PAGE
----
KUALA LUMPUR, Dec 6 – The Malaysian Medical Association (MMA) today advised physicians against undercutting their professional charges, after Putrajaya decided not to control private medical practitioners’ consultation fees anymore.
“Undercutting will only compromise on professional services,” said MMA president Dr. N Ganabaskaran in a statement today.
“Doctors must emphasise on quality-patient-centred care at all times and charge reasonably,” added the head of Malaysia’s largest group of doctors.
Health Minister Dzulkefly Ahmad announced earlier today Cabinet’s decision to allow general practitioners (GPs), dentists, and specialists in private clinics and hospitals to set their own consultation fees.
The landmark decision to deregulate private medical practitioners’ consultation fees came 13 years after they were legislated in 2006 under fee schedules in Schedule 7 (for private medical and dental clinics) and Schedule 13 (for private hospitals) of the Private Healthcare Facilities and Services Act (PHFSA) 1998.
Private clinic GPs’ consultation fees have been capped in the 2006 regulation at a 1992 rate of RM10 to RM35, sparking widespread dissatisfaction among some 7,000 GPs in the country who demanded that their rates be harmonised with their hospital-based counterparts, whose consultation fees were increased in 2013 to RM30 to RM125.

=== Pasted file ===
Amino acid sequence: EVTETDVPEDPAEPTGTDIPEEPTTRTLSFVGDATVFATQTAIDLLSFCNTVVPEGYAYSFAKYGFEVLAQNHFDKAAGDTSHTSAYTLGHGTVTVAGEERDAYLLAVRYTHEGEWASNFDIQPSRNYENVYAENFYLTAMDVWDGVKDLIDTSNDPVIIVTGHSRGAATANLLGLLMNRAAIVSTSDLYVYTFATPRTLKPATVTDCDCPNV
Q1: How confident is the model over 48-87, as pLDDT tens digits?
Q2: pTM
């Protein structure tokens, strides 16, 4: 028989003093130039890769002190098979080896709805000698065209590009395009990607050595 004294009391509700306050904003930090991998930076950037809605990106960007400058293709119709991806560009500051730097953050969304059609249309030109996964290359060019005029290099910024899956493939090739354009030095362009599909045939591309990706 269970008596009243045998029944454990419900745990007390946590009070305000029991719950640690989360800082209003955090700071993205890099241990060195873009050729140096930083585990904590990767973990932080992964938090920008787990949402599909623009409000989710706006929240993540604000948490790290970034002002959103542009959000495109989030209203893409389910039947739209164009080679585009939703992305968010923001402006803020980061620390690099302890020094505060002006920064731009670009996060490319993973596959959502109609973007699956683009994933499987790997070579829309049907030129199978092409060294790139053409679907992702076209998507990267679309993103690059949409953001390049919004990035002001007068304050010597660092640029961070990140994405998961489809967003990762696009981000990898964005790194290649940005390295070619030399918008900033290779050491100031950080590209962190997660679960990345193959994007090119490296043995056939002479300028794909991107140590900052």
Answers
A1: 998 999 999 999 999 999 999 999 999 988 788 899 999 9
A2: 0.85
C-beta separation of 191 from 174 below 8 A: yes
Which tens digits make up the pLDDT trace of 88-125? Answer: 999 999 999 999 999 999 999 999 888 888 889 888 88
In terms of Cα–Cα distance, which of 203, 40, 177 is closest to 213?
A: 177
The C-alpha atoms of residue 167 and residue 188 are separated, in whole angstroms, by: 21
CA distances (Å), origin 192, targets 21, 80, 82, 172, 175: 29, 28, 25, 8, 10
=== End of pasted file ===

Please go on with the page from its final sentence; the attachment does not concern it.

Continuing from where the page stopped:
Dr Ganabaskaran said the MMA welcomes the government’s decision to deregulate physicians’ professional consultation fees, saying it will benefit the country’s health care ecosystem.
“This has been a contentious issue especially for GPs, whereby the fee gazetted in the PHFSA is based on the fee recommended by MMA in 1992,” he added.
MMA has been producing a fee guideline since 1987, which is also a normal practice in many countries as a guide for medical practitioners, insurers and third-party administrators.
This also guides the public to know the charges beforehand, he said.
Dr Ganabaskaran also commended Dzulkefly and Pakatan Harapan for making what he said was the right awaited decision that would benefit Malaysians.
“Free market gives the power to the public to decide on the type of value-based services they would like to have.”
Dzulkefly earlier today said his ministry will be taking the necessary steps to realise Cabinet’s decision, adding that town hall sessions and consultations will be carried out to explain the matter to various parties and engage stakeholders.
He also said the ministry would now look into detail at a few new rules, while strengthening existing rules to ensure that more transparent and patient-friendly services are provided, but did not elaborate further.